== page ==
Why Saudi Arabia and Iran are bitter rivals

Iran’s Ayatollah Ali Khamenei (L) and Saudi Crown Prince Mohammed bin Salman

Historically Saudi Arabia, a monarchy and home to the birthplace of Islam, saw itself as the leader of the Muslim world. However this was challenged in 1979 by the Islamic revolution in Iran which created a new type of state in the region – a kind of revolutionary theocracy – that had an explicit goal of exporting this model beyond its own borders.

The 2003 US-led invasion of Iraq overthrew Saddam Hussein, a Sunni Arab who had been a major Iranian adversary. This removed a crucial military counter-weight to Iran. It opened the way for a Shia-dominated government in Baghdad and Iranian influence in the country has been rising ever since.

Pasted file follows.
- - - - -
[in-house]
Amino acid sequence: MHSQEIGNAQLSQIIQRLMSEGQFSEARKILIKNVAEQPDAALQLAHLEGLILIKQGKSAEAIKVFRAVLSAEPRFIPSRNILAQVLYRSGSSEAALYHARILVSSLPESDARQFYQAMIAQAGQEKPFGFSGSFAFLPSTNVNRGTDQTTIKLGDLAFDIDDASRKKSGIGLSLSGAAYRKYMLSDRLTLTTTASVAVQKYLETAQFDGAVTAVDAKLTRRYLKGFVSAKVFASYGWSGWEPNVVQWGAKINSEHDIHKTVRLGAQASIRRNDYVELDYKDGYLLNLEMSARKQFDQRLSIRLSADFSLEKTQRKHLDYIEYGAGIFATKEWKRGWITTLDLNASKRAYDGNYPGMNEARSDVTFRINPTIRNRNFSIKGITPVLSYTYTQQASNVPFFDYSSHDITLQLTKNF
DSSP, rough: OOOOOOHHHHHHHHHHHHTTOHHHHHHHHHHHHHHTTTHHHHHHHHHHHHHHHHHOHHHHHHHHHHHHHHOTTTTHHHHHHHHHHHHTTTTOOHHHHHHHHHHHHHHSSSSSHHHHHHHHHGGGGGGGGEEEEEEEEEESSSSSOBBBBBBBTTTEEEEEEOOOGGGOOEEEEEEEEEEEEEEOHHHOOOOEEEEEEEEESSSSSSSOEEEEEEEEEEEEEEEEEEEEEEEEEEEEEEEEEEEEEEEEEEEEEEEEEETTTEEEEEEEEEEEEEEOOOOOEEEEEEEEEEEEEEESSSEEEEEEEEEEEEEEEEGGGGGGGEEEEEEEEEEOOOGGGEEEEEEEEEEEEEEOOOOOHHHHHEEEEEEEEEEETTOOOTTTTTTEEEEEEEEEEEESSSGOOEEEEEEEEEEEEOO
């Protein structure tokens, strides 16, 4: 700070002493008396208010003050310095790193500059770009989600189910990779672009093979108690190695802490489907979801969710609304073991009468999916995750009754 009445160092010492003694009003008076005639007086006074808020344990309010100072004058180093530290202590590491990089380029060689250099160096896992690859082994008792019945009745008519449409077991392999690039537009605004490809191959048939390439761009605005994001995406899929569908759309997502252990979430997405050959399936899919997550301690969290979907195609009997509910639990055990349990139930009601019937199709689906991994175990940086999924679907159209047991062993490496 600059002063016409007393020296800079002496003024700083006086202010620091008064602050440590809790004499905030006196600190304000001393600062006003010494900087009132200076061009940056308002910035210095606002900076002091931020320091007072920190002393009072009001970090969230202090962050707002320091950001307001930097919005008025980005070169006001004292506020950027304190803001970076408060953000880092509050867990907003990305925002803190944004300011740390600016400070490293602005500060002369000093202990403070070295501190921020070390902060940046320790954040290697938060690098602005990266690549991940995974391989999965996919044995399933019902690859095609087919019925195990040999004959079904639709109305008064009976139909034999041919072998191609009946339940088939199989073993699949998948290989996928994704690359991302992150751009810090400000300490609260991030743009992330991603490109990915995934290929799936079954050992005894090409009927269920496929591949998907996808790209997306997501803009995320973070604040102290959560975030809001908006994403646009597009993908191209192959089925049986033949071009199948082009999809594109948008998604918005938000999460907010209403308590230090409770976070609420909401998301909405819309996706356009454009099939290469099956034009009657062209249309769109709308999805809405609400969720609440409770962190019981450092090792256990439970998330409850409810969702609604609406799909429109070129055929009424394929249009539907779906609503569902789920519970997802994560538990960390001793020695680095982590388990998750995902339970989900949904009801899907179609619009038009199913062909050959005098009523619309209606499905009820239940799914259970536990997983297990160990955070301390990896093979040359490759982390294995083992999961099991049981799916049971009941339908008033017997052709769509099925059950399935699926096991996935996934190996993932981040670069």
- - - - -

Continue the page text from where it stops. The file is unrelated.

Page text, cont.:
In Syria, Iranian (and Russian) support for President Bashar al-Assad has enabled his forces to largely rout rebel group groups backed by Saudi Arabia.

Iraq’s Shia-dominated government is also a close ally of Iran, though paradoxically it also retains a close relationship with Washington on whom it has depended for help in the struggle against so-called Islamic State.

Saudi Arabia’s vulnerability has been demonstrated by these latest attacks on its oil installations. If a war breaks out, it will be more perhaps by accident rather than design. But the Saudis’ own activism, encouraged in part by a lingering uncertainty as to the Trump administration’s own goals in the region, inevitably adds another element of tension.

Article URL : https://www.bbc.com/news/world-middle-east-42008809

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